There have been some truly dominant performances in the history of the World Series of Poker Main Event. However, there are few, if any, examples of anything quite like what Joe McKeehen accomplished on his way to the 2015 title.
McKeehen added his name to the pantheon of poker’s World Champions Tuesday night at the Rio in Las Vegas. He completed a wire-to-wire run to victory that was seemingly never in doubt at the final table. It all culminated in hoisting up the championship WSOP bracelet and claiming $7,683,346 in front of a packed crowd at the Penn & Teller Theater.
“This is definitely the greatest accomplishment anyone can have in this game,” said McKeehen to a crowd gathered onstage shortly after his victory. “I was always confident I could make money playing the game professionally, but to get this really proves something.”
McKeehen led for the entirety of the final table and held for almost that entire span. He had at least twice as many chips as his closest opponent throughout the three days of final table play. To put McKeehen’s level of dominance into perspective, he started the first of three final table days with just over 60 million chips and never dropped below that point. None of the other eight players ever managed to cross the 50 million chip mark for the duration of the final table.
Joe McKeehen's Heads Up Magic
He began heads up play against Josh Beckley with a lead of over 4-to-1. While McKeehen received a number of big hands (including ace-king on three different occasions) during their battle, he continued his relentless pursuit of the title and made short work of Beckley; taking it home after just 12 total hands of heads up.
When the money got in on Hand 184, it was a race between Beckley’s 4c 4d and McKeehen’s Ah Td. As he did for much of the final table, McKeehen got just the flop he was looking for as it fell Qs Tc 5s. The 5d turn left just two cards to dodge for the win, and with the Jc river McKeehen hoisted his fists in the air to celebrate his victory.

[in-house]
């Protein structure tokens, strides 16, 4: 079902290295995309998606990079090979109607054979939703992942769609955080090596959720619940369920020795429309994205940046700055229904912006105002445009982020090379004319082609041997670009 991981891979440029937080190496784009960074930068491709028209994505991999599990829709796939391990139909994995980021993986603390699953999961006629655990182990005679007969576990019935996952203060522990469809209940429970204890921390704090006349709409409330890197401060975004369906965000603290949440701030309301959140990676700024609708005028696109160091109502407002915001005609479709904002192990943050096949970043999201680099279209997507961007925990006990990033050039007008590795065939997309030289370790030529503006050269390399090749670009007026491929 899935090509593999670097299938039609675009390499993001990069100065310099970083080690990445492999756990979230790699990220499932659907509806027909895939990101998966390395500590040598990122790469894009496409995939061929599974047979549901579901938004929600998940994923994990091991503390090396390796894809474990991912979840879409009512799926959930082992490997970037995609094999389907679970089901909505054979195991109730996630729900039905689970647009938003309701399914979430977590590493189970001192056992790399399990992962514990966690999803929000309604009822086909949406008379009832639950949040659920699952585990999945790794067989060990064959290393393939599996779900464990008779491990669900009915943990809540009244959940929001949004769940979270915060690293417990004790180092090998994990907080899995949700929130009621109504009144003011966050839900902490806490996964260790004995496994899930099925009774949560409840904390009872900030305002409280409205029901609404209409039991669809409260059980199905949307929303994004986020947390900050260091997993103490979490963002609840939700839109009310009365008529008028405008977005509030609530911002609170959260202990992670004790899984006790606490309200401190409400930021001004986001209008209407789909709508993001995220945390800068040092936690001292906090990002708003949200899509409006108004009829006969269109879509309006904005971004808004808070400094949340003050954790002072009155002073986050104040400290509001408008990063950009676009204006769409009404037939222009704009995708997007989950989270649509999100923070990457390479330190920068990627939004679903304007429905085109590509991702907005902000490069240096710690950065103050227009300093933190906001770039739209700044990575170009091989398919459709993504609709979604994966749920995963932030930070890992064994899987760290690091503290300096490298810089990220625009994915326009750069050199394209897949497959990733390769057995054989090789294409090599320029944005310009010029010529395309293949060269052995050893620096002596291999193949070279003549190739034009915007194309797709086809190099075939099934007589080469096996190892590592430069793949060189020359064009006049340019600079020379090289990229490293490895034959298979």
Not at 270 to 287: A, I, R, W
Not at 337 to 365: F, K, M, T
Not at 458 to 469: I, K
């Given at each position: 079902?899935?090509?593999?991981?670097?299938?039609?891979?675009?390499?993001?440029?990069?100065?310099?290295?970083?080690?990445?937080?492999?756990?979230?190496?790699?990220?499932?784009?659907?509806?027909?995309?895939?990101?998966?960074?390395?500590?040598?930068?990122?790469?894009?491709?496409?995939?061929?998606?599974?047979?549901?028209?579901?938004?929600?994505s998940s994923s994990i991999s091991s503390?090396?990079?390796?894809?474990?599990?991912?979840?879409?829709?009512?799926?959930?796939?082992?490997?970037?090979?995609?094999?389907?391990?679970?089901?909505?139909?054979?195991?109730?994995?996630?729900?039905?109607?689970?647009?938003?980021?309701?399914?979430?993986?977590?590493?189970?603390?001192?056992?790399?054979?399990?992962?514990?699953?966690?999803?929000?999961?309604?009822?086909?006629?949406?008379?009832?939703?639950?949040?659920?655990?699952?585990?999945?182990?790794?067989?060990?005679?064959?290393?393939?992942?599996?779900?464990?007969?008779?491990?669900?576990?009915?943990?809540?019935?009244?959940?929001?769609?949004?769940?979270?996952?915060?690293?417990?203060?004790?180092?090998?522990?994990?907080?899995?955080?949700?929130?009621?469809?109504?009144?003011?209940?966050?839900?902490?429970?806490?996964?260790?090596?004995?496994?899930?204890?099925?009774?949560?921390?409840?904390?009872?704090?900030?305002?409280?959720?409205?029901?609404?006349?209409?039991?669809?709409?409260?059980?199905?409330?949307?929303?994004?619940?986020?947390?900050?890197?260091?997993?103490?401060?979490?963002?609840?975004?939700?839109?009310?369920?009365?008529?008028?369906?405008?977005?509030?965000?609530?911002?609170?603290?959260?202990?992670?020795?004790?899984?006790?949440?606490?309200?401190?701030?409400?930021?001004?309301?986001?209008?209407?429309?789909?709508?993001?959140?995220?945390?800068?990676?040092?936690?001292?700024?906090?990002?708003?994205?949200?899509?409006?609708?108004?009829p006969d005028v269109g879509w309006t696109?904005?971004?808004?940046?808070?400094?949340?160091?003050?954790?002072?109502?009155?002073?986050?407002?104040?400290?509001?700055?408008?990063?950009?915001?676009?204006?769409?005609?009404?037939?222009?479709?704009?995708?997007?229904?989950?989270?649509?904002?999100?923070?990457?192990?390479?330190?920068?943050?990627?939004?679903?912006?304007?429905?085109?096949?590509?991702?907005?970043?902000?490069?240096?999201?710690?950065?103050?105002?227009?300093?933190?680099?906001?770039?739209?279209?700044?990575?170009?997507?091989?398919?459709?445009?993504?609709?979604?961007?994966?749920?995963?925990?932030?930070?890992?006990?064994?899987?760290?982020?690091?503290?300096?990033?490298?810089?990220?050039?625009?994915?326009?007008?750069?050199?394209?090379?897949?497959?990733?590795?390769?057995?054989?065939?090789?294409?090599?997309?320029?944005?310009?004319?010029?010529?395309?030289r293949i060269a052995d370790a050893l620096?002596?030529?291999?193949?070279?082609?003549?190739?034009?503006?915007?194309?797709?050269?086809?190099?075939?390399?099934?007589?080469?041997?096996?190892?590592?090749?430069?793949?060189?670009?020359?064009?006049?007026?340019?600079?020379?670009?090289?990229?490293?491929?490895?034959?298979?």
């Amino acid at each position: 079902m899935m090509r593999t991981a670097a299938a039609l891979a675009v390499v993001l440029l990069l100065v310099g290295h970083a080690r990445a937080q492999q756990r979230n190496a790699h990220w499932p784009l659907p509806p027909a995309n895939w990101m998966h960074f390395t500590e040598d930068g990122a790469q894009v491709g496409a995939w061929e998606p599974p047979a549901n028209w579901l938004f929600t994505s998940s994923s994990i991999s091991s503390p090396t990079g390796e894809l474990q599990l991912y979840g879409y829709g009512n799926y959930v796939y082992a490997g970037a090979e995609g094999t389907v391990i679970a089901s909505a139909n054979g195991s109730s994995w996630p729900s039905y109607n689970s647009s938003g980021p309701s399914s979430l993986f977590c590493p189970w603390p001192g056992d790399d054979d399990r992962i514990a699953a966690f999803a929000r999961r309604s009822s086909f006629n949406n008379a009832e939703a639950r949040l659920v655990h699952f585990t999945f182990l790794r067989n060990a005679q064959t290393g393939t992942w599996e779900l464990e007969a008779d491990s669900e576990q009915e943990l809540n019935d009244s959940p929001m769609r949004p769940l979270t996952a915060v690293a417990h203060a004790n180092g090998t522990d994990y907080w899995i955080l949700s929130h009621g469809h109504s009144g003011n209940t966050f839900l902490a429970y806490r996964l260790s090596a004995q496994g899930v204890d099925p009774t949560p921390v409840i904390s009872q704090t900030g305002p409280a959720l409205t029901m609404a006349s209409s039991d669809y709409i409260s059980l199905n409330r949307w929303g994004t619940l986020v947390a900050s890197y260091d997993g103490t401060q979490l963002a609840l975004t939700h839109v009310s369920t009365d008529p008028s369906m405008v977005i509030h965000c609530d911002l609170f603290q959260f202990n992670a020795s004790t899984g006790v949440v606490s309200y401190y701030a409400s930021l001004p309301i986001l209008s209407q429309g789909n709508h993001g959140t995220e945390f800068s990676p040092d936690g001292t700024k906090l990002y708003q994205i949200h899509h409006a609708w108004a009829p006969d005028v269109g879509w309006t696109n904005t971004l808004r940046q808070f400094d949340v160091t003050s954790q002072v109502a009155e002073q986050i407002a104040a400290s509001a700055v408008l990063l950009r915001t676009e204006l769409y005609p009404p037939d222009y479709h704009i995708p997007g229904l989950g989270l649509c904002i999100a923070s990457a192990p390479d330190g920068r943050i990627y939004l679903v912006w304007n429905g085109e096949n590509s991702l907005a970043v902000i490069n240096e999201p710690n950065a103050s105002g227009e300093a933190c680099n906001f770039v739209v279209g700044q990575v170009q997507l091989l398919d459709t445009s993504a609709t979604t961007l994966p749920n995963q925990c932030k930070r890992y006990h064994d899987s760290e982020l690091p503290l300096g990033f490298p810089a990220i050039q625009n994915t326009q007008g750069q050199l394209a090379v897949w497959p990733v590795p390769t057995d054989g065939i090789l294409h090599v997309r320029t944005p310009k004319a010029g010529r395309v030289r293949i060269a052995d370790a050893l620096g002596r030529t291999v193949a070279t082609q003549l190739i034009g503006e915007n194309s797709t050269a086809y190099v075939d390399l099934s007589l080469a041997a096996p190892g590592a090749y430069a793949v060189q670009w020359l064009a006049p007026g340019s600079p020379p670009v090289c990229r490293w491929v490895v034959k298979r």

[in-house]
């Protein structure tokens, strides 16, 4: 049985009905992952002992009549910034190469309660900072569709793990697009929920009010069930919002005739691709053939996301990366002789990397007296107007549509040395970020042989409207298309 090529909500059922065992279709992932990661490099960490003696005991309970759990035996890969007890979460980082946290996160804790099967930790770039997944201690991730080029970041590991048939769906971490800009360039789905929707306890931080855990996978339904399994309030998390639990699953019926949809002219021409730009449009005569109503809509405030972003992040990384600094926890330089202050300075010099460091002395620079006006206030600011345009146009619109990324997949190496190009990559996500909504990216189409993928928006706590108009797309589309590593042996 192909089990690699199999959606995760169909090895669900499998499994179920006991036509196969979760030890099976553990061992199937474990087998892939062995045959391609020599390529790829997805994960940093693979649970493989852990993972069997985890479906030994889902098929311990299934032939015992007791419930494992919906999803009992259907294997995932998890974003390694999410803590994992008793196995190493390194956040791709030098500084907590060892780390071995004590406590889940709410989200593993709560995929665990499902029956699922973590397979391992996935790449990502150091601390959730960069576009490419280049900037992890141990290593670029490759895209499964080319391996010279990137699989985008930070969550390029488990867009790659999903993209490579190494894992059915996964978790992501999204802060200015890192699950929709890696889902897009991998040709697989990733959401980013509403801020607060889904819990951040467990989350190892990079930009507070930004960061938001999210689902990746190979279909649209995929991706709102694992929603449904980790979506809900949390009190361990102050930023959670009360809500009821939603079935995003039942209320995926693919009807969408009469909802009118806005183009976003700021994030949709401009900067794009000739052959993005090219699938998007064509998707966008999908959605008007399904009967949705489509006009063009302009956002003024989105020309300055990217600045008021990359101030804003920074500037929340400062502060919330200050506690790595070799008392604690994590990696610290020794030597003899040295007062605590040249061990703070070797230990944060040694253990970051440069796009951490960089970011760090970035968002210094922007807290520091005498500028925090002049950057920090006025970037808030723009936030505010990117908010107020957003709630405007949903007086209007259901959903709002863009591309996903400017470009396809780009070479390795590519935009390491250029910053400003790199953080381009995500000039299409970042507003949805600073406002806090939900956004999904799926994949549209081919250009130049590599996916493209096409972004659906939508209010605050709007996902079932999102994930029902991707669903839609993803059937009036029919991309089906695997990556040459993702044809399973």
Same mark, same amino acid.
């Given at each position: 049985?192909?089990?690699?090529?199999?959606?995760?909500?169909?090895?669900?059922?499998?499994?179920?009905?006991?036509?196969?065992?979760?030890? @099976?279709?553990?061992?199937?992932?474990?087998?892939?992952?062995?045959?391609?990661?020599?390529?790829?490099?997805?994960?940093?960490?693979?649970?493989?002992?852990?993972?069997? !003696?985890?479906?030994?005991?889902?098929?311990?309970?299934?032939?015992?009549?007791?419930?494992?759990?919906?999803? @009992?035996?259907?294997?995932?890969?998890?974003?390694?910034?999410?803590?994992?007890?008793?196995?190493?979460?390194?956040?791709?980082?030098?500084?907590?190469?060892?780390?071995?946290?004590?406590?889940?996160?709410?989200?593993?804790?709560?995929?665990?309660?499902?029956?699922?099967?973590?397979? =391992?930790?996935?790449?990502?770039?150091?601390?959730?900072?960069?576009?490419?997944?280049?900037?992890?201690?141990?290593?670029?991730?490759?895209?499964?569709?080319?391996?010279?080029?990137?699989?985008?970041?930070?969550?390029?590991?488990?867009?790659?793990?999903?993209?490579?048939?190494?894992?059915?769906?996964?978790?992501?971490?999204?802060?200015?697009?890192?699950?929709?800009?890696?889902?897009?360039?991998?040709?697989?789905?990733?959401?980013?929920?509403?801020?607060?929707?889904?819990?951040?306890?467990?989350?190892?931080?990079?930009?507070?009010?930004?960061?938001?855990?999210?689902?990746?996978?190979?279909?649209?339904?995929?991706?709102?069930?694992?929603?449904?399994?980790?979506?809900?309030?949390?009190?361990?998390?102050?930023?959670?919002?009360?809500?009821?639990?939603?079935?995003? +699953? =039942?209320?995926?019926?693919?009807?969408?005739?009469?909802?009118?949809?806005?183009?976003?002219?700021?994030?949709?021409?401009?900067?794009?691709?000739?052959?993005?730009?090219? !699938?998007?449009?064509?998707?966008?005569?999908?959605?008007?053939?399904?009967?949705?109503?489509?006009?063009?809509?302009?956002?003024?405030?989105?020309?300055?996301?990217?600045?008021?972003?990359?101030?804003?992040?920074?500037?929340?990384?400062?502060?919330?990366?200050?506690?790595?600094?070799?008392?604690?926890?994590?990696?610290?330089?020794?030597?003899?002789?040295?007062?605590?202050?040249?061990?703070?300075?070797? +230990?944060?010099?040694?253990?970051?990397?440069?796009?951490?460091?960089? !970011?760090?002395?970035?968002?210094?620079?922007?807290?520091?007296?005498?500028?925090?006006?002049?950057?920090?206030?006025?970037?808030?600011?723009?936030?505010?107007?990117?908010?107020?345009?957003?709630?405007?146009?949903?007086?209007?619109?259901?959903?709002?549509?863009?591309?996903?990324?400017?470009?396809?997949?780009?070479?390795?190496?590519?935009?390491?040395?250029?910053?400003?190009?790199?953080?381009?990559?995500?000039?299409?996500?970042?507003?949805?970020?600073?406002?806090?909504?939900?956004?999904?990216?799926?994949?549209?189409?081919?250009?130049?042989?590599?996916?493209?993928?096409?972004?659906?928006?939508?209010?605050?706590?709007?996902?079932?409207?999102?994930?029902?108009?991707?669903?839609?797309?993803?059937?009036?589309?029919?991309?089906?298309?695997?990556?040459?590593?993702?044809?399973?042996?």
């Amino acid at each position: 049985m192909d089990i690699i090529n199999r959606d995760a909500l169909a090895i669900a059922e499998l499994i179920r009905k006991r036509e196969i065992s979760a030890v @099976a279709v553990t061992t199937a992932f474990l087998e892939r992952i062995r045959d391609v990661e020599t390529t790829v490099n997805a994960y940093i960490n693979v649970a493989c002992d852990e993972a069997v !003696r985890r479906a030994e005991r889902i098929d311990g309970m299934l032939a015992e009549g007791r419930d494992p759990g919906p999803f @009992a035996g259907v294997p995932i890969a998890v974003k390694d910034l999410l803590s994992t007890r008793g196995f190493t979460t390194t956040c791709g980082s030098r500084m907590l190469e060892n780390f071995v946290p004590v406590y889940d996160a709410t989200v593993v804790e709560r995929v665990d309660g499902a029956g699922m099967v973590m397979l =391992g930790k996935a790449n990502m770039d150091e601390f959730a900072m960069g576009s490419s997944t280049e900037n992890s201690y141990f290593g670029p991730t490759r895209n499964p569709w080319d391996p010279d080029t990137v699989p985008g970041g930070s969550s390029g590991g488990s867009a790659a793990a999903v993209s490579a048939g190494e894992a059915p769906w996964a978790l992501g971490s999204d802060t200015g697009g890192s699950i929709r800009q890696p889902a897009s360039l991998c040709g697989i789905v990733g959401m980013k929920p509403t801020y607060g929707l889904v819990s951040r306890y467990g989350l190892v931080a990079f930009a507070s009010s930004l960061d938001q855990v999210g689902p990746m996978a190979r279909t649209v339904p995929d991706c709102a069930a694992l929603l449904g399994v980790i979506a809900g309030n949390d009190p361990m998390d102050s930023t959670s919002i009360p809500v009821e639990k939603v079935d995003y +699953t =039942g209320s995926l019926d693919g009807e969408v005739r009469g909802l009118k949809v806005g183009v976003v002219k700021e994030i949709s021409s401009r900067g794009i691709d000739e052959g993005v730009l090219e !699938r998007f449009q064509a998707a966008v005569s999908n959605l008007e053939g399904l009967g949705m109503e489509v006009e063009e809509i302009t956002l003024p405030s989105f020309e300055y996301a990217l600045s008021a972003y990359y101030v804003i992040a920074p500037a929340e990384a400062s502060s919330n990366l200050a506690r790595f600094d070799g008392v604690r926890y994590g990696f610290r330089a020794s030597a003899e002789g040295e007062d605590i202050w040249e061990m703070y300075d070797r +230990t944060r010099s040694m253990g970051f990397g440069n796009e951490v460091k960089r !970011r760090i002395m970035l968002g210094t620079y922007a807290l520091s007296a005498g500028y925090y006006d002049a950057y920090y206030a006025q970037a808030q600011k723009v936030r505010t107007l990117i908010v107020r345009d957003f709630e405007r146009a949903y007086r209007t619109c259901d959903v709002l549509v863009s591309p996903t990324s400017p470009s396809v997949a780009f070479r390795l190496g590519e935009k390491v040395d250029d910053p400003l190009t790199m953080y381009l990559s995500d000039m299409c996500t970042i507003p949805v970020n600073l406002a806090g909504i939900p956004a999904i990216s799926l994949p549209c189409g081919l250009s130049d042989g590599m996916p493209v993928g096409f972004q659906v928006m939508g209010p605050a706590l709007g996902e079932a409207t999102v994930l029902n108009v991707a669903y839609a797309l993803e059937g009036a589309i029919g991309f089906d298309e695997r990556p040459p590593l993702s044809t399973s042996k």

It was the last in a long stretch of near-perfection for McKeehen, who either had the cards, got the cards or used pure aggression to accumulate every chip on the table in record time. Considering the stakes and the stage, it couldn’t have gone any better for the newest World Champion.
“It was very smooth,” said McKeehen. “Just the way the cards came out, it wasn’t like I had many tough decisions. It was definitely easier than facing adversity, or having to come back from behind.”
Team888 Makes a Great Showing
McKeehen prominently sported an 888 patch throughout the three days at the final table, and it was a great performance across the board for Team 888 at the final table.
Tom Cannuli got all-in with Pocket Aces against Max Steinberg's Tens on the second hand of the second day of the final table. He had a chance to surge up the counts, but his hand got cracked, and he had to settle for sixth place.
Neil Blumenfield put on a tremendous show over three days, displaying a bold style that drew the attention of the commentary team and viewers around the world and eventually led him to a third place finish.
Blumenfield enjoyed his wild Main Event ride as much as anyone else who made the final table.
“Sure, I’m disappointed now, but if you had told me before this all started that I’d be standing here right now and asked me, ‘Would I take third place?’, I certainly would have,” said Blumenfield. “This was as good as it gets for a poker player, and for an amateur like me to come here and be able to compete and make it to this far is a great feeling of accomplishment.”
While the first day of play was somewhat marred by complaints of slow play, by the conclusion of the tournament the 2015 WSOP Main Event final table was one of the fastest in history, in terms of hands played. The last time the final table went even close to as quickly as it did in 2015, with 184 total hands played over three days, was in 2007. Jerry Yang took down the title in 205 hands.
A Well-Deserved and Well-Played Win
McKeehen did a lot of the dirty work himself. After knocking out Daniel Negreanu in 11th and Alex Turyansky in 10th to lock in the November Nine, McKeehen also took out the first three players - Patrick Chan, Federico Butteroni and Pierre Neuville - from the final table to make it five in a row.
After Max Steinberg had cracked Cannuli’s aces to bust him in sixth, Blumenfield eliminated Zvi Stern in fifth. McKeehen would then record the final three eliminations of the tournament, giving him credit for six of the eight bustouts at the final table and eight of the last ten overall.
The final night of play in the 2015 WSOP Main Event nearly felt like a coronation for McKeehen at times. Despite an overwhelming lead that made him a favorite throughout the final table, he was still largely at a loss of words when he considered the scope of what he accomplished.
“It still hasn’t hit me just yet, but I suppose sometime it will,” McKeehen said. “Sharing this with my family and friends, for me, that’s the best part.”
Total Hands Played at WSOP Main Event Final Table Since 2007
2015 - 184 hands
2014 - 328 hands
2013 - 261 hands
2012 - 399 hands
2011 - 301 hands
2010 - 262 hands
2009 - 364 hands
2008 - 275 hands
2007 - 205 hands